The bigger 5.5-inch 6s Plus lasted longer and is the best choice if you’re a heavy user and want some juice left over at the end of the day. (Of course, battery life on any smartphone generally degrades over time.) Still, there is no battery improvement over last year’s iPhone 6 models. If I press hard on the camera icon, I can take a selfie, record a video or slow motion, or snap a photo. iPhone 6s introduces live photos, where the camera quietly snaps three seconds of video when taking a still. One friend of mine tried switching to Android, but text messages started getting lost in his girlfriend’s iPhone iMessage app. (iMessage is known for causing headaches to those who move to Android.) He switched back to an iPhone in a week.

Exporting an HD video was three times as fast, scrolling through Facebook and Web pages was smoother and jumping between tons of open apps felt noticeably quicker. If you’re someone who likes a new phone every year, Apple’s plan has its appeal—especially considering you don’t have to pay anything up front. Plus, it’s a boon for clumsy types, since it includes the AppleCare+ policy, which covers you for up to two accidental-damage incidents (not including a $99-per-incident service fee).

Other features include higher resolution 12 and 5-megapixel cameras, a faster A9 processor with faster graphics, and a new sensor for Touch ID, which greatly increases the speed of fingerprint recognition. You barely place your finger on the button and you’re in. “You know, I really wish I could press harder on the screen.” Yeah, not one person I surveyed said that, but as Steve Jobs famously said, “A lot of times, people don’t know what they want until you show it to them.” That’s where 3D Touch comes in. But you guessed it: For now you can only share Live Photos with other Apple device owners. (Apple says it plans to open sharing to third parties like Facebook, but I’m not holding my breath it will come to Android’s messaging app.) Apple executives have argued for years that their advantage is tying together hardware and software. Apple’s defenders say the iPhone’s App Store is open to most outside services—Google Maps, WhatsApp for messaging, Spotify for music, Dropbox for storage.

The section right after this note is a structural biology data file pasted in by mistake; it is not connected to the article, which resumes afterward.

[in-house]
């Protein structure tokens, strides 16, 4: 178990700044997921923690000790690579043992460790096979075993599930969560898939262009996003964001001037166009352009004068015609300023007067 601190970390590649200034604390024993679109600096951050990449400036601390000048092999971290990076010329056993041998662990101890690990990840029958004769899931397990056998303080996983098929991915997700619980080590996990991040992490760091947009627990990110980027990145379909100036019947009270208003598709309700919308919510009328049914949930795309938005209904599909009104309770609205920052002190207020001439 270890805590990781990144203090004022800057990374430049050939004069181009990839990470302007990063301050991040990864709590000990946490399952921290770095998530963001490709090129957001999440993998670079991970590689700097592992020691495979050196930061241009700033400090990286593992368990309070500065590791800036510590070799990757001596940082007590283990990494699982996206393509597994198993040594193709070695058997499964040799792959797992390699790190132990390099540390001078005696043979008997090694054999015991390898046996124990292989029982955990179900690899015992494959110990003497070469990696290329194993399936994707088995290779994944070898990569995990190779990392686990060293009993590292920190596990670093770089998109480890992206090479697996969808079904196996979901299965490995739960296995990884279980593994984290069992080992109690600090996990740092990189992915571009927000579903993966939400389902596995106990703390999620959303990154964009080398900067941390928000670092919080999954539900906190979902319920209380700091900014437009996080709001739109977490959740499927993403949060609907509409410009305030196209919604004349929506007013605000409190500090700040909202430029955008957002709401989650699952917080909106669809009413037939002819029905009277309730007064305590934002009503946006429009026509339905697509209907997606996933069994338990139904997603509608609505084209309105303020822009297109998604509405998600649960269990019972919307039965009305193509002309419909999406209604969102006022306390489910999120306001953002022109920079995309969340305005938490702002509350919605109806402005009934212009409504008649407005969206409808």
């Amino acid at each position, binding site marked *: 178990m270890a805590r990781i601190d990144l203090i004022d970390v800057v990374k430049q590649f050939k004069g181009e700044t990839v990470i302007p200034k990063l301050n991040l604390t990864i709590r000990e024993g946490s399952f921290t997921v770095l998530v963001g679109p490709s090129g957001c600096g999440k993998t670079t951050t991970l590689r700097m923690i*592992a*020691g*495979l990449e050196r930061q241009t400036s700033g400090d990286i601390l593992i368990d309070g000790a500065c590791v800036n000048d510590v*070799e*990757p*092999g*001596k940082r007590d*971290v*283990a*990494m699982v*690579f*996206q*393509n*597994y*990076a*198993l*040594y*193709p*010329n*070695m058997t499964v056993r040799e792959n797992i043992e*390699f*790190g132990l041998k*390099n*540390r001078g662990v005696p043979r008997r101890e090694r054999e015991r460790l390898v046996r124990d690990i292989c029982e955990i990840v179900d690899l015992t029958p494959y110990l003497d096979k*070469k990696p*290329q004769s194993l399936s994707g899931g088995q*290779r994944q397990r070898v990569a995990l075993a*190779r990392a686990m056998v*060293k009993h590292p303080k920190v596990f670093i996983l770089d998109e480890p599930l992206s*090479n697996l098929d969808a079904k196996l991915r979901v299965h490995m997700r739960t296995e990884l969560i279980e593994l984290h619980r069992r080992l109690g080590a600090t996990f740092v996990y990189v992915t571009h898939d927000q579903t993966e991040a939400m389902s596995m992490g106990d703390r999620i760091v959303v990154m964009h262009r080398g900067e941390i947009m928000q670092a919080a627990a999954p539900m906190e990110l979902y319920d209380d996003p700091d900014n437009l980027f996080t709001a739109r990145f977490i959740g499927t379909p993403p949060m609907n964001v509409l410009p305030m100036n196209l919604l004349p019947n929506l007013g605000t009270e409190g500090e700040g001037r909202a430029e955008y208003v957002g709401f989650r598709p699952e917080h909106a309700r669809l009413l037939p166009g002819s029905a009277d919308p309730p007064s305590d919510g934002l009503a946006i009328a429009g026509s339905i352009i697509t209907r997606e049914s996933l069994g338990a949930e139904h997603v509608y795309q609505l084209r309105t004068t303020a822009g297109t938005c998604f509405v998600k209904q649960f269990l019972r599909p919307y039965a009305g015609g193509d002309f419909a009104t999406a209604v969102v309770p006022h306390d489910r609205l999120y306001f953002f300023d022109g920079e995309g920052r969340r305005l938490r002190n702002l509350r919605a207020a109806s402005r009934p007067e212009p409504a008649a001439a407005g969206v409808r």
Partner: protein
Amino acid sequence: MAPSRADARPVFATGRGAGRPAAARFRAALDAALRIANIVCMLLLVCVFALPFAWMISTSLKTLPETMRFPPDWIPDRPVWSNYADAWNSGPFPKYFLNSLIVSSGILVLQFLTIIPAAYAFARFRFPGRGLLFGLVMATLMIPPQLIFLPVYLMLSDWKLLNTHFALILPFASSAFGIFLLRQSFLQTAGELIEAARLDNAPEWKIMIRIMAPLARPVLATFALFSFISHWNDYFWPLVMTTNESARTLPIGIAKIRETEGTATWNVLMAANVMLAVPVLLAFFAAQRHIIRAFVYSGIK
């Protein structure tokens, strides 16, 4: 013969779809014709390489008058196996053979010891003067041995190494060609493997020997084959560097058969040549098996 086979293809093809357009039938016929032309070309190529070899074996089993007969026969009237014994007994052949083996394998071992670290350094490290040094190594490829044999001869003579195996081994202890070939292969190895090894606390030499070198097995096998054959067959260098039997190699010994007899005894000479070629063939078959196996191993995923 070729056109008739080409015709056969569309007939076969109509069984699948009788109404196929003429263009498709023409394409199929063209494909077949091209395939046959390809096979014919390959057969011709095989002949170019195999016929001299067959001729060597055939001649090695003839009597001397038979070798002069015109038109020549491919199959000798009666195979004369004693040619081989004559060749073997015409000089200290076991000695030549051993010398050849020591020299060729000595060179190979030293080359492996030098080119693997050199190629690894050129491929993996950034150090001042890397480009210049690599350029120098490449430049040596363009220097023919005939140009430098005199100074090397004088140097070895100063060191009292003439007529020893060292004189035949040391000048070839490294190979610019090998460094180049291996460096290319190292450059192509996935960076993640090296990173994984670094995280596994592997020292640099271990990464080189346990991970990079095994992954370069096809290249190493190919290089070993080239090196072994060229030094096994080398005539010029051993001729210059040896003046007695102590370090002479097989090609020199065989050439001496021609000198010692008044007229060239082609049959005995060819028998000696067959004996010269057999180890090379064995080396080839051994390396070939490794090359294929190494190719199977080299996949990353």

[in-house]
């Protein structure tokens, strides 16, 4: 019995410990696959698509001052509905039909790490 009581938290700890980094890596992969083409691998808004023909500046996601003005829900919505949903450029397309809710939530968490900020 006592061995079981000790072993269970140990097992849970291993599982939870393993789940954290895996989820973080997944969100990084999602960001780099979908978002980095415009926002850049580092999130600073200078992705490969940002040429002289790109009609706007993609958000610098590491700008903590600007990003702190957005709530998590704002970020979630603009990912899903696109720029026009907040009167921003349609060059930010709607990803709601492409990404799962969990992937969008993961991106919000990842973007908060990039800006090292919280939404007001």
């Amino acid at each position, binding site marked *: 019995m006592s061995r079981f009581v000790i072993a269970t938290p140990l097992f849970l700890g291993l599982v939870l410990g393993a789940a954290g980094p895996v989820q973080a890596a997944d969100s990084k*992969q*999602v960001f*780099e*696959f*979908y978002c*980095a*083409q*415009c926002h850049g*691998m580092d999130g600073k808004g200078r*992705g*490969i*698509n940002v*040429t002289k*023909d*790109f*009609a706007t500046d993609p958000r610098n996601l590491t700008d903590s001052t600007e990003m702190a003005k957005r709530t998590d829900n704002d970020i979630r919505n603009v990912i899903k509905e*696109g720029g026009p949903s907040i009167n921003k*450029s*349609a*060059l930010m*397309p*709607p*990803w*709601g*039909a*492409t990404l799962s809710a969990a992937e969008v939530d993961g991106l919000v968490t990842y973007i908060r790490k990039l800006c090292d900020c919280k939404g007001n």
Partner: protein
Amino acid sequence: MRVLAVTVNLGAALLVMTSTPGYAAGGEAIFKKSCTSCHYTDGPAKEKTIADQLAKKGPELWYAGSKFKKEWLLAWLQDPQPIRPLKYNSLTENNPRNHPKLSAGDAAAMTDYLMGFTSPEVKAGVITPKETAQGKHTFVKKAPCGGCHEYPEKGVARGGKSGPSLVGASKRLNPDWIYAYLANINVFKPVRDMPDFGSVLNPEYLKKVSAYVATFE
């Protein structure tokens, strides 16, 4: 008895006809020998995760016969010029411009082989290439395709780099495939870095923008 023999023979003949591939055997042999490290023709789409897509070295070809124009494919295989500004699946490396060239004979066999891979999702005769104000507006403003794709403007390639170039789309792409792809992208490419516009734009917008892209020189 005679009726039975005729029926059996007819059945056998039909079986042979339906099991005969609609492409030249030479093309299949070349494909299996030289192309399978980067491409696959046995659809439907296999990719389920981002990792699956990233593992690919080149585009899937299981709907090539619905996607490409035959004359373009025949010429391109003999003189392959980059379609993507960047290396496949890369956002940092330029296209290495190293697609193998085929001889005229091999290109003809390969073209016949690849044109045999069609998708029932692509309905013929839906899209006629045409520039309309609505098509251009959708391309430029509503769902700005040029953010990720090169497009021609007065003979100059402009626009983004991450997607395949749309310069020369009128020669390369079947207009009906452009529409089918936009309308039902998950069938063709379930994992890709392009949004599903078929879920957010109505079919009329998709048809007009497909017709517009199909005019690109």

Apple took a step in the right direction by saying its new Apple Music service would be available for Android devices, though we’re still waiting to see that arrive. No iPhone 6 owners I spoke to complained about the camera. (Good thing, since my colleague Geoff didn’t find anything extra special about the new camera anyway.) In fact, only a handful of people requested a better camera. These otherwise-unglamorous performance boosts don’t get the crowd on their feet at product launches, but they’re exactly what a great smartphone needs to achieve its ultimate goal, which is to get out of your way. With prodigious speed, well-thought-out interfaces, and flawless hardware-software integration, these new iPhones provide the tool for whatever it is you’re doing and just let you do it. If there were ever an iPhone that needed more storage, it’s this one, yet Apple continues to rip off customers with a 16GB base model ($649 without payment plan/contract), rather than offer a 32GB one.

Inside, the chips are laid out differently to improve battery performance and let you activate the Siri voice assistant simply by saying, “Hey, Siri.” In the past, the phone had to be plugged in for that. In fact, according to SquareTrade, an electronics insurance service, 15% don’t repair them, probably because they just assume it will only happen again.